This part is what I'm aiming for, kind of.  My chickens are in a draft free coop with shallow wood chip bedding that gets cold.  Attached to it is a cattle panel greenhouse with a 3' by 3' by 15' leaf based compost pile.  My goal is for the chickens to scratch and worm mine in the greenhouse.  The composting leaves and poop will hopefully help keep the greenhouse warm overnight while the sun will help during the day (if it's not cloudy).  The pile is bermed against the North wall and I have about 50 leaf bags on the outside of that back wall as insulation (more were added after the photo was taken).

    My current plan (based on feedback in this thread) is to harvest the shallow bedding from the coop in March while it's still frozen, unstinky and easier to move and put it in a compost pile in the garden with some char.  If the greenhouse is in good shape, I'll harvest this leaf compost as well and mix all the compostables together.

    I do think that if you have a big enough compost pile in a decent greenhouse, it could cook in the winter.  I hope I've ticked those boxes.

    One thing I haven't done yet is cover the greenhouse with plastic.  I'm going to do that this week.  I wanted to give the birds free range access without worrying about them climbing the hoop and tearing up the plastic as late into the year as possible.  Hopefully I haven't waited too long...
    DSC03845s.jpg
    [Thumbnail for DSC03845s.jpg]
    DSC03848s.jpg
    [Thumbnail for DSC03848s.jpg]
     
    Roberto pokachinni
    gardener
    Posts: 2320
    Location: Fraser River Headwaters, Zone3, Lat: 53N, Altitude 2750', Boreal/Temperate Rainforest-transition
    289
    bike books food preservation forest garden fungi hugelkultur solar trees woodworking
    • Mark post as helpful
    • send pies
    • Quote
    • Report post to moderator
    Cool project you got going on there, Mike.   Just an observation:  It looks like your chicken wire is on the outside of your cattle panel fencing.  I think that the chicken wire might be a lot more abrasive than the cattle panel, and if that is the case, I would personally do it the other way, for the sake of your plastic's longevity.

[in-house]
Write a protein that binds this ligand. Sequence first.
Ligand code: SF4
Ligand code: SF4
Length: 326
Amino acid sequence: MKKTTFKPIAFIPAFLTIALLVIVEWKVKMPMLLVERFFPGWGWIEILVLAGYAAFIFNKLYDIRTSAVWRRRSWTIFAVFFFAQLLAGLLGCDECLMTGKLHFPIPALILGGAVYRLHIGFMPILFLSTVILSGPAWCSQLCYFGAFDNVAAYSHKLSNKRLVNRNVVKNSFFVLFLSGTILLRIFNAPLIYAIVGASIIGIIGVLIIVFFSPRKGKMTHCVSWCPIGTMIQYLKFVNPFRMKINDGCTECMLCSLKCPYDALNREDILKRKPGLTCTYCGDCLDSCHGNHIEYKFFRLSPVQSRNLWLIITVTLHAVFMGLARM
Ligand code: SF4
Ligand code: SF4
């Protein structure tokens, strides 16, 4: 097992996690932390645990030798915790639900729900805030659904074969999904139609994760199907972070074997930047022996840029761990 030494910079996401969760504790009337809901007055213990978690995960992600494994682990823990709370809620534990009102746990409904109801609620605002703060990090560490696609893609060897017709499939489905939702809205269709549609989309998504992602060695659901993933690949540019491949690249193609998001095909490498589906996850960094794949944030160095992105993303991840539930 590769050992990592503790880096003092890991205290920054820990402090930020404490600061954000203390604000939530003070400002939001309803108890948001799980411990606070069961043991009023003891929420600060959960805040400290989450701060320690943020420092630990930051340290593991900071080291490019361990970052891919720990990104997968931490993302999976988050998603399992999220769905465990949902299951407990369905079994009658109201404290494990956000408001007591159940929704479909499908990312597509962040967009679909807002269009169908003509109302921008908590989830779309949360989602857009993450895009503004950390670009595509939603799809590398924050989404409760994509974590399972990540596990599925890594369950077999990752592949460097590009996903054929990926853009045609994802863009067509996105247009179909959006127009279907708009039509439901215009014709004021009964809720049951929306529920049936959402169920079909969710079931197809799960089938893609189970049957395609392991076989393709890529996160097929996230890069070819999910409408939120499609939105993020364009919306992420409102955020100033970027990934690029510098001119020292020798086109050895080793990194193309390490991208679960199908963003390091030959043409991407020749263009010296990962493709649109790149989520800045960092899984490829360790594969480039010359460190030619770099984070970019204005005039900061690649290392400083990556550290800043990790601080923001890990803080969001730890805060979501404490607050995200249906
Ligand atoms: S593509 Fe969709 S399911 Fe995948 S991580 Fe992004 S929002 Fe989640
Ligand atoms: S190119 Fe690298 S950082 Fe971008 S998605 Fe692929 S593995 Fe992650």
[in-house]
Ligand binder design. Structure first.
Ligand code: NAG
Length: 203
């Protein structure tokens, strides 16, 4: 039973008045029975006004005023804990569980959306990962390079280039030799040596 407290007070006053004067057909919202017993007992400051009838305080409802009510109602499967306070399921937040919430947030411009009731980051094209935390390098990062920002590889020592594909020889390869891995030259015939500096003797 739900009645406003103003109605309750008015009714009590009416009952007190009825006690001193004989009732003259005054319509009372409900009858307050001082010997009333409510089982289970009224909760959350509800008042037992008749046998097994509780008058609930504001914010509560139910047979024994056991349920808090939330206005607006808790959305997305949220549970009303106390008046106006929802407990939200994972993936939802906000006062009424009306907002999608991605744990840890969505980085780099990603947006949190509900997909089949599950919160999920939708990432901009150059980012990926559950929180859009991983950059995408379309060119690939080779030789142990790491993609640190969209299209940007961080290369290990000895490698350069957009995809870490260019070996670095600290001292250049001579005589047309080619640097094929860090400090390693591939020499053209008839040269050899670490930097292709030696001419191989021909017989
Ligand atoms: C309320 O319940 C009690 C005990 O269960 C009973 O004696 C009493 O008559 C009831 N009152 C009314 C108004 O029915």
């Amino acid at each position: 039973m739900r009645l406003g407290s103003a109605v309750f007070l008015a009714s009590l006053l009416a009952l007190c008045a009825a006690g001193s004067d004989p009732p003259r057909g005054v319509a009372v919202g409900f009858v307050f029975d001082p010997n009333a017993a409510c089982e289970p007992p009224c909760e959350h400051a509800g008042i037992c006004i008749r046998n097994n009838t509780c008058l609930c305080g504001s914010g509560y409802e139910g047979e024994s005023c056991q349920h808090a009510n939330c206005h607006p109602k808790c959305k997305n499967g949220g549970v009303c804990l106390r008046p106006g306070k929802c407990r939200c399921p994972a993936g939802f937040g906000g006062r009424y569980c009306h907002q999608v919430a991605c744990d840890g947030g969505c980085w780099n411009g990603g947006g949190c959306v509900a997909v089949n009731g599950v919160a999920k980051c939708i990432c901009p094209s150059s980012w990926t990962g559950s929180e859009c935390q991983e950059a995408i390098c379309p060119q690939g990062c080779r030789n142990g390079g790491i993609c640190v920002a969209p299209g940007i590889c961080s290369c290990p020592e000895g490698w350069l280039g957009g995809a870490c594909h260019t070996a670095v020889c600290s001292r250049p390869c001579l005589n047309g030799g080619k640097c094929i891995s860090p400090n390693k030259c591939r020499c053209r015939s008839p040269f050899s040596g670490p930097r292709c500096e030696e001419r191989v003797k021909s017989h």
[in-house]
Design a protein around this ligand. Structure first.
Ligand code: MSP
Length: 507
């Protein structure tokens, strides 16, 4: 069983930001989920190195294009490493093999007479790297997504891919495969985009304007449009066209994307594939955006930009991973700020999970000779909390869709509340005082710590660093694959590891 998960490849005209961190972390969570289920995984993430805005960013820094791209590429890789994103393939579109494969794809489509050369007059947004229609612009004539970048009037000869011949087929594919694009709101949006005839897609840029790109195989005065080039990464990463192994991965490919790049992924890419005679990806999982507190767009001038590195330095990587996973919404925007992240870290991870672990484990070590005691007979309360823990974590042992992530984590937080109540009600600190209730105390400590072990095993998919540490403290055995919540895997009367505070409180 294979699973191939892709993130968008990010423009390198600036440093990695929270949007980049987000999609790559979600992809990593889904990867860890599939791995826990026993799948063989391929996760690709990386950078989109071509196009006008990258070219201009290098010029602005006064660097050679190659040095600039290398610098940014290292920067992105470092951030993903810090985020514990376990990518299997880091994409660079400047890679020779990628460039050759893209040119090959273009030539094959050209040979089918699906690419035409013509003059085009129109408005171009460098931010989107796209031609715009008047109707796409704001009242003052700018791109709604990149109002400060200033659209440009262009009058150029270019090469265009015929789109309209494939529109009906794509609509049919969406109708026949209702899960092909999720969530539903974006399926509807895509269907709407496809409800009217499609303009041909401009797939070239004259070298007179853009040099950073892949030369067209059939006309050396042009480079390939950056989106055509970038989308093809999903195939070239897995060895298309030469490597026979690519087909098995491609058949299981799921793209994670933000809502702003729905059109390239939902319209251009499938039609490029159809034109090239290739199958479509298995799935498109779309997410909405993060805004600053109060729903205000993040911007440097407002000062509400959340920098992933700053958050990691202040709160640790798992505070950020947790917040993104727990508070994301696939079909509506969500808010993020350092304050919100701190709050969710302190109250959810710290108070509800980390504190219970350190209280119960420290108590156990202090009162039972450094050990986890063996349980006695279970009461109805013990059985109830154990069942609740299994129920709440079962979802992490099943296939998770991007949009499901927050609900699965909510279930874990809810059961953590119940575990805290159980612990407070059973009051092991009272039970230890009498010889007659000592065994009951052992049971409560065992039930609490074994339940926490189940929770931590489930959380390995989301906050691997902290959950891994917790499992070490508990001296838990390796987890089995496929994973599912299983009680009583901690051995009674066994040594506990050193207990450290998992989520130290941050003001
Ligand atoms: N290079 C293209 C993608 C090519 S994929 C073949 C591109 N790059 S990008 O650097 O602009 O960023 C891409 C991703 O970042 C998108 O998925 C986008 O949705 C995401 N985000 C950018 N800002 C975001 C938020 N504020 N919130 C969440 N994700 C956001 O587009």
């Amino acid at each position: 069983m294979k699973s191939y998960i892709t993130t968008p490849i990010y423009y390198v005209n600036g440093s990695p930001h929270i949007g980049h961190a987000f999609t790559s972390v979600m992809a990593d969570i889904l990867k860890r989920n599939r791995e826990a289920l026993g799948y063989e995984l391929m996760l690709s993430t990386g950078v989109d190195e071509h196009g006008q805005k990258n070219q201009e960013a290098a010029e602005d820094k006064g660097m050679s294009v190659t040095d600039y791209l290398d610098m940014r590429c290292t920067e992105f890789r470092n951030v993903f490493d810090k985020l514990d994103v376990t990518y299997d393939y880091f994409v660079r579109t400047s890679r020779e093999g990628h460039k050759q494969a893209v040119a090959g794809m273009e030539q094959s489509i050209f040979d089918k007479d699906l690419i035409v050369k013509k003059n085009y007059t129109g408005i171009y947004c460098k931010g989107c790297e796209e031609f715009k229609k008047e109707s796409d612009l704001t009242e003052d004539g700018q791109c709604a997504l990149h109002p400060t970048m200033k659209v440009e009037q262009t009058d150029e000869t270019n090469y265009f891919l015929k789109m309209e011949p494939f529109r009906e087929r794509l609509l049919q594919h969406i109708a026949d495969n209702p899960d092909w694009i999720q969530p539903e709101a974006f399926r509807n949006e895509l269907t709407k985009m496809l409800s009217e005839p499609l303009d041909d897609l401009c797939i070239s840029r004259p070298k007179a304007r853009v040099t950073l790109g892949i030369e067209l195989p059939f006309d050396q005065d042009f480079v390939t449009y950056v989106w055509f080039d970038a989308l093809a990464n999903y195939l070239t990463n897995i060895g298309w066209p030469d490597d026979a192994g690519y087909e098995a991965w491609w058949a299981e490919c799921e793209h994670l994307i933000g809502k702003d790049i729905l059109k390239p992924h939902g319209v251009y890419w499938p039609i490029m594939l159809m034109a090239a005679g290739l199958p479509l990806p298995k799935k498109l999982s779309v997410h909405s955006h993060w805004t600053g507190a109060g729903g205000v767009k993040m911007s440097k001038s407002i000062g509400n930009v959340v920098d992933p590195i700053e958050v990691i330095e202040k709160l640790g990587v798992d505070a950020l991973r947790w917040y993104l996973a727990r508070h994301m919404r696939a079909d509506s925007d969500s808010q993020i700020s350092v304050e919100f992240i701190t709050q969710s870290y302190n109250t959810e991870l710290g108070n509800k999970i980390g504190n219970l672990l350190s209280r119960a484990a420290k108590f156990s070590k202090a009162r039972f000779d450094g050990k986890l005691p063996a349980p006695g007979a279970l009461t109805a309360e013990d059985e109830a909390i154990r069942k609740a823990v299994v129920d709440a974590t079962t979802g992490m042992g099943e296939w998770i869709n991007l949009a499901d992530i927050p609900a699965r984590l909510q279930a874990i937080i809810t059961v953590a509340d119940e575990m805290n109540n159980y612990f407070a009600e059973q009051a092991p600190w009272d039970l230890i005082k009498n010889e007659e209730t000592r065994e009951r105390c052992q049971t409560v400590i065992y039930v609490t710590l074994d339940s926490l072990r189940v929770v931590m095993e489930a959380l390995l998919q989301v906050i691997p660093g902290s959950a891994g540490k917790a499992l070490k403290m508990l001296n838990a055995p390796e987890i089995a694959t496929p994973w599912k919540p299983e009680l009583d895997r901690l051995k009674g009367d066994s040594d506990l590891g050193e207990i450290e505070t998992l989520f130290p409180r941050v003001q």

Todd Parr
    pollinator
    Posts: 1793
    Location: Wisconsin, zone 4
    93
    • Mark post as helpful
    • send pies
    • Quote
    • Report post to moderator
    For people that haven't live in a climate like Mike and I do,  the frostline average for our state is 65in.

    Roberto, I just had a bid accepted on some land I am buying. I've been trying to figure out how my next coop will be built when i move to it. I had an idea like you mentioned with compost several feet deep in the chicken coop going into winter, but I keep coming back to the same issue. Moisture. It's very bad for chickens, but without it, you have no composting action, which means no heat from comoost. I was thinking it may work with a true open air coop with tons of ventilation, but i dont know.  It may be that Mike's idea of compost in the greenhouse area may be the way to go. Im anxious to see how it works out, but i think it will still be too cold to compost. Either way, i have to think the chickens will be warmer and more content will all those leaves.
     
    Mike Jay
    gardener
    Posts: 2763
    Location: Northern WI (zone 4)
    542
    books food preservation hunting solar trees woodworking
    • Mark post as helpful
    • send pies
    • Quote
    • Report post to moderator
    Thanks Roberto, yes it is on the outside.  I think I actually thought it would be better for the plastic with the chicken wire on the outside.  I guess it depends if the cattle panel "lengthwise" pieces are on top or if the "crossways" ones are.  If the "lengthwise" ones are on top it probably would be relatively smooth.  I also was looking at the ease of putting the chicken wire on.  Wiring it up to the inside of the panel would've sucked big time

    Todd, I agree.  The moisture needed to have active composting in the winter may be too wet for healthy birds.  I have no direct knowledge of this as a new chicken keeper but that sounds logical to me.  I will have to keep an eye on the moisture in that greenhouse to make sure it doesn't get too humid.  I do plan on leaving a triangle of plastic open on the NE corner and having the door window partially open on the West end for some ventilation.

    Regarding frost depth.  I think in my area building code requires us to go down a mere 4'.  But last January I moved aside a foot of snow and the ground was 36 degrees.  So I'm hoping that with decent snow cover, the ground under and around the greenhouse won't be frozen.  My coop floor may actually be colder since it's off the ground by 8".  It's enclosed by a ring of cinder blocks but those probably don't hold out the cold as well.

    Congrats on the accepted offer!
     
    Roberto pokachinni
    gardener
    Posts: 2320
    Location: Fraser River Headwaters, Zone3, Lat: 53N, Altitude 2750', Boreal/Temperate Rainforest-transition
    289
    bike books food preservation forest garden fungi hugelkultur solar trees woodworking
    • Mark post as helpful
    • send pies
    • Quote
    • Report post to moderator



    For people that haven't live in a climate like Mike and I do,  the frostline average for our state is 65in.  

     I agree.  I remember having a discussion on this site about hugulkulture having this great time decomposing in the winter and I stated that my compost was frozen solid by mid November and I thought that a hugulkulture would not fare much better in my climate.